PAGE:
by Vladimir BelogolovskyJun 20, 2021
Located alongside a secluded river bend on the eastern edge of Texas Hill Country, this ‘wine cave’ has been interestingly labelled a stealth destination by its architects and users. Casting obvious meaning over its usage, the wine cellar housed in a cave comprises a modular entity inserted inside a pre-existing excavated cave in a solid limestone hillside, housed in a location that is a dream for secluded getaways. Visitors along its slightly recessed entryway are greeted by an unassuming entry court that is intended to lend mystique to the already concealed cave, offering a little peak into its minimally and tastefully designed insides. Slightly set back from the face of the cave, deliberately nestled further within to give it the impression of a naturally occurring cave settlement, the entryway is also punctuated by tall oak and elm trees. Those, along with limestone boulders retrieved after excavation, and existing vegetation, camouflage the cave in its native landscape.
The realisation of the project and its unique defining feature posed a set of logistical and design challenges that were innovatively overcome by the team at Clayton Korte. The interior of the excavated cave soffit, after being lined with shotcrete was readied for a wooden module insert within the volume of the excavation. The module was made to human scale and delicately designed and cut out so as to actually enable habitation within, seeing as though the cave wasn’t entirely designed to be water tight, nor for the exact intent of housing a wine collection. The intervention was designed to be adaptable, almost modular, since all the components of the wood insert are intentionally left away from the shell, allowing easy disassembly and removal.
The second part of the response to this unique site comprised the insertion of a bulkhead that effectively restrained the loose limestone at the mouth of the cave, while providing a relatively more predictable surface to wed the wooden insert inside the cave. While the excavation nearly provided the designers and construction crew the dimensional constraints of the space, it was necessary to even the inner surfaces of the cave out, for both visual and structural reasons. The carved out space now essentially embodied all the benefits of subterranean construction, without the moisture and darkness, while also embodying the reminiscence of olden Moravian and Roman settlements with expansive underground vaults as cellars.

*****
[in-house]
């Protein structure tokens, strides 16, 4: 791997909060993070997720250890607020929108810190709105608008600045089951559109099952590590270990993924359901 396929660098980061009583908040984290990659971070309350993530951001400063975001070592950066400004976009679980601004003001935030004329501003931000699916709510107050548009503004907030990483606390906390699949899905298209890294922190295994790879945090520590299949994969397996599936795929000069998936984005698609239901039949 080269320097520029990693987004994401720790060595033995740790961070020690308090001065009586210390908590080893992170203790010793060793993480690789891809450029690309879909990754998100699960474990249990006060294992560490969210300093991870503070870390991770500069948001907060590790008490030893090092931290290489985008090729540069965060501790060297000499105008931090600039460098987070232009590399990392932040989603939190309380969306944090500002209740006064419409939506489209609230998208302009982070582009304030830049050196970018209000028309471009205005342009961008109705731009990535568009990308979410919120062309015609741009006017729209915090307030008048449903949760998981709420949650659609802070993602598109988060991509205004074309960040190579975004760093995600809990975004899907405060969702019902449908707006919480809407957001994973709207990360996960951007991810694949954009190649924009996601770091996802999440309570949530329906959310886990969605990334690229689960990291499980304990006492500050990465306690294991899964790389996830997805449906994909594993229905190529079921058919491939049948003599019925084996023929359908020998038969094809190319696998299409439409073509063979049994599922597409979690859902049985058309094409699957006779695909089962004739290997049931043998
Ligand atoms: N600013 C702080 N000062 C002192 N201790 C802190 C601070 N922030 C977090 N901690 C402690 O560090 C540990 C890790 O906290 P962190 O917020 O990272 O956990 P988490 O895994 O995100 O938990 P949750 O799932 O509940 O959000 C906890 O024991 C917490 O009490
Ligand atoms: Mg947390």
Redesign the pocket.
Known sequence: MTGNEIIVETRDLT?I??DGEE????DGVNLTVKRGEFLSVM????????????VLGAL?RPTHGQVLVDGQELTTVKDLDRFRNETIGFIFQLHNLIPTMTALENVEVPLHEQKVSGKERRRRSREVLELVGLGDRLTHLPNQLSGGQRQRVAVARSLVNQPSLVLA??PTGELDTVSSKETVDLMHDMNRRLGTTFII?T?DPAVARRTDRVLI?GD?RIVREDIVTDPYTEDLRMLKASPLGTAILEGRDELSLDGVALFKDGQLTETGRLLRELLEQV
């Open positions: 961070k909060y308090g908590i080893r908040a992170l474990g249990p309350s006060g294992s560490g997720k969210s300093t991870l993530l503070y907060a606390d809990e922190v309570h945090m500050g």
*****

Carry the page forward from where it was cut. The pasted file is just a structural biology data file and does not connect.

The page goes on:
The overall design, including the interiors, have a sense of prospect and refuge as central to the entire scheme. Likewise, while the cave induces the feeling of being nestled in, a refuge amidst nature, the interior palette too is composed of rich yet subtle “domestic” materials that invoke familiar comfort, with touches of style. The same choices were also guided by the locality of available materials, sourced from within 500 miles of the site, and were chosen to keep in mind minimal maintenance as per occupancy. Richly wooden textures flood the place on first sight, composed of both raw and ebonised oak, along with vertical grain Douglas fir, creating a statement of opulence and warmth simultaneously. Additionally, for the countertop surfaces of the wine tasting bar and the floating restroom vanity, reclaimed cedar was salvaged and milled. Lining the wall panels and drop-ceilings, the wood is placed in welcome contrast to the more rugged concrete and stone masonry.
Keeping in mind the temperature conditions to be maintained to house the sizeable collection of wine, custom insulated and thermally broken steel and wood windows were used as separators between the interior and the exterior, as well as the entertaining lounge and the chilled cellar. Additionally, while none of the materials used in the project have an essentially high embodied energy, space conditioning proved to be the number one consumer of energy on the project. The design team overcame this additional challenge by lowering the temperature delta between the building envelope and its outdoor environment, the cave itself, effectively reducing demands, exceeding requirements for code by nearly 54 per cent for cooling and 35 per cent for heating.
Name: Hill Country Wine Cave
Location: Texas, USA
Year of completion: 2021
Built-up area: 1405 sq.ft.
Architecture: Clayton Korte
Interiors: Clayton Korte<
Design Team: Brian Korte, Camden Greenlee, Josh Nieves, Brandon Tharp, Nicole Corwin
General Contractor: Monday Builders
Structural Engineer: SSG Structural Engineers
Civil Engineering: Intelligent Engineering Services
Mechanical Engineer: Positive Energy
Lighting Designer: Studio Lumina